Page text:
Luis Alberto Rubí stated that the TRTs were made up of 10 members of the DEA's Foreign-deployed Advisory and Support Team (FAST) (he did not state the names and ranks of the US agents), 13 members of the Honduran Special Antinarcotics Group, 6 army and police machine-gunners and 8 Honduran air force pilots.

In an attempt to conceal the involvement of DEA agents in the events in Ahuás, the then Foreign Minister, Arturo Corrales Alvarez (now Minister of Security and Presidential Commissioner for Defense and Security) said on June 1, 2012 that the arrival of the DEA in the country "is not new, but they don't take part in activities that have not been fully identified through a protocol of cooperation between the United States and Honduras."

The Foreign Minister stated that the DEA agents' role was thus defined “from the moment the operation was devised” and stressed that the Honduran security forces in the helicopter fired in response to an attack from the boat.

"They didn't open fire – they returned fire after they were attacked," said Corrales. "The operation was designed so that it would be the Honduran authorities which would respond in the event of that happening".

Lisa Kubiske, United States Ambassador to Honduras, said on June 1, 2012, "“it is a tragedy but in this case, according to what I understand, they were acting in self-defense and this is their duty because the war against drugs is important”.

However, Marlon Pascua, the Defense Minister, told the digital newspaper proceso.hn a few hours after the events, "This isn't an armed forces operation, it isn't coordinated by the armed forces. I think it's important that this is recognised once and for all - it isn't something we've led or coordinated".

On 5 July 2012, the Italian journalist Giorgio Trucci published a newspaper article, reproduced by the digital newspaper defensoresenlinea.com, entitled "Honduran Moskitia: stop whitewashing the massacre and apologise, says human rights defender".

The article states:"'There's been an incident involving the army, our police and the DEA, and people who were carrying drugs, that's what's happened. Let's call a spade a spade,' Arturo Corrales told Tiempo newspaper."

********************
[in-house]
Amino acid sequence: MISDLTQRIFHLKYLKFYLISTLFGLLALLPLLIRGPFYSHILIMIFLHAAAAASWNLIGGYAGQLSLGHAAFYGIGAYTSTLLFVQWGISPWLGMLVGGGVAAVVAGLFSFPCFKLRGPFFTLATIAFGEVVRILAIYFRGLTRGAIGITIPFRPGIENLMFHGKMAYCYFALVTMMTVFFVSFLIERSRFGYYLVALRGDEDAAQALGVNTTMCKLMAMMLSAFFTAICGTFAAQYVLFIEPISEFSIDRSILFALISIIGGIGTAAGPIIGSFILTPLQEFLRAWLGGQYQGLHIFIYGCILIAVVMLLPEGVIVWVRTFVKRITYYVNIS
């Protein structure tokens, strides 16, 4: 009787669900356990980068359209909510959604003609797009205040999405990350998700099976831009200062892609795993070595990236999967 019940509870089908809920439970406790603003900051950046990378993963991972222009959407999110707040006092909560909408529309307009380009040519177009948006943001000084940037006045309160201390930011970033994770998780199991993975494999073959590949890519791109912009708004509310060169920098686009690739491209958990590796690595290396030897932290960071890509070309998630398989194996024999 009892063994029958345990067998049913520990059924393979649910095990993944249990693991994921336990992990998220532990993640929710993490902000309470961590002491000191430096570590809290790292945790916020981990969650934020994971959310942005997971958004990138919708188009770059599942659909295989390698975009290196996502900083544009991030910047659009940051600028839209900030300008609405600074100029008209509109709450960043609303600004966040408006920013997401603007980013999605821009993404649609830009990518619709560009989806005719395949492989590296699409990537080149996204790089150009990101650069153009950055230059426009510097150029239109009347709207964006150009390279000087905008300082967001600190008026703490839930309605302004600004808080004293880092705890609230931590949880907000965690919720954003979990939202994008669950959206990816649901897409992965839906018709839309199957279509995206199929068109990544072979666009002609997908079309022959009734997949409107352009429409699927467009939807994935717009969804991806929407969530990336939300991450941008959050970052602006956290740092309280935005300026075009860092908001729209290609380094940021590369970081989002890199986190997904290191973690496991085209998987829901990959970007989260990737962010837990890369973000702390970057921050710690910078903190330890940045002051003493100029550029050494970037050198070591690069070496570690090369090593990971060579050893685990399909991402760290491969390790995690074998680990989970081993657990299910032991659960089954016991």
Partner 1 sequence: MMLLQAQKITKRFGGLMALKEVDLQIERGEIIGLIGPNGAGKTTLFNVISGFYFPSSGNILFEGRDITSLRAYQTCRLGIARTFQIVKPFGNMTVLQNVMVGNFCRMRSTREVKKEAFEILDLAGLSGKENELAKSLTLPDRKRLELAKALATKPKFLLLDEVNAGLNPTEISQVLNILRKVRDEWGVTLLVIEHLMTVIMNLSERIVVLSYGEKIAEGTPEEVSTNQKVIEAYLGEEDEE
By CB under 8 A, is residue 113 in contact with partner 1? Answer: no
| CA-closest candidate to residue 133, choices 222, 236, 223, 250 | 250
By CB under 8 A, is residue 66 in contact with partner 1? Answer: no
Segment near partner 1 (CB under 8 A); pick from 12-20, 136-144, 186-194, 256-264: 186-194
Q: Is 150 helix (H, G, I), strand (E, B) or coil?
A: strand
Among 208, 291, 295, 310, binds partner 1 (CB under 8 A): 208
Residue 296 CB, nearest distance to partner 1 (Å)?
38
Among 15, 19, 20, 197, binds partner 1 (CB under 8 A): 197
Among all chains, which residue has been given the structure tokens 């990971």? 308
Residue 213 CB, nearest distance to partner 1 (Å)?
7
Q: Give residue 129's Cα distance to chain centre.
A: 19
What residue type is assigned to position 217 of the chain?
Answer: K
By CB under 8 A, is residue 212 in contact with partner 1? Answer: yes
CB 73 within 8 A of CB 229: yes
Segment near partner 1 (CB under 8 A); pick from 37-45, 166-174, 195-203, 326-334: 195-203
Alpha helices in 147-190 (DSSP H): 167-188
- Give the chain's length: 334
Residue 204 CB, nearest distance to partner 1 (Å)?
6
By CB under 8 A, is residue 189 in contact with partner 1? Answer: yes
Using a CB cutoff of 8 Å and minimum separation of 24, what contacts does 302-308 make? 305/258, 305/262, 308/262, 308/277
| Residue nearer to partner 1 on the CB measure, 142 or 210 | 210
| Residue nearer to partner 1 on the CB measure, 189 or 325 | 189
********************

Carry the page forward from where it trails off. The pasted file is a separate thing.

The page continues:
On May 11, a joint operation with DEA FAST agents and the Honduran police's Tactical Response Team left a death toll of four people - Emerson Martínez Henríquez (21), Hasked Brooks Wood (14), Juana Jackson Ambrocio (28) and Candelaria Pratt Nelson (48) – with at least 4 people seriously wounded. Juana Jackson and Candelaria Pratt were five months pregnant.

"'We're perplexed by these statements. They're lying and I challenge all those institutions that caused people's deaths to be brave. To admit that they were wrong - that they fired on a civilian population that had no ties to drug trafficking – and to stop justifying the deaths of pregnant women and children,' said Bertha Oliva, General Coordinator of COFADEH," highlights the article written by Giorgio Trucci.

The victims died riddled with bullets

On July 21 and 22, 2012, the Public Prosecutor's Office performed inappropriate exhumations at three sites in Gracias a Dios department, where the victims' bodies were buried by their relatives. The exhumations were conducted with no legal representatives of the victims present and no protocol was observed to enable them to be carried out impartially. However, they were attended by a US citizen who did not say whether he was a DEA agent or from the US Embassy in Honduras. There is a video showing this person at the exhumations.

The report sent by the Attorney General to María Otero disclosed that, according to the exhumations conducted by his forensic team, all the bodies had wounds from firearms projectiles for military use.

US members of Congress demand answers

In late January 2013 in Washington, US representative Hank Johnson and 57 colleagues sent a letter to  Secretary of State John Kerry, and the Attorney General Eric Holder requesting an investigation into alleged abuses by the Honduran security forces and the possible role played by agents of the Drug Enforcement Agency (DEA) in an incident that resulted in the tragic death of four indigenous people on the Patuca River in northeastern Honduras.

This May 11th marks the first anniversary of the brutal attack that claimed the lives of four Miskito Indigenous people, whose relatives and 9 orphaned children have been totally abandoned by the authorities of the Government of Honduras.

English translation of original spanish article posted on defensoresenlinea.com.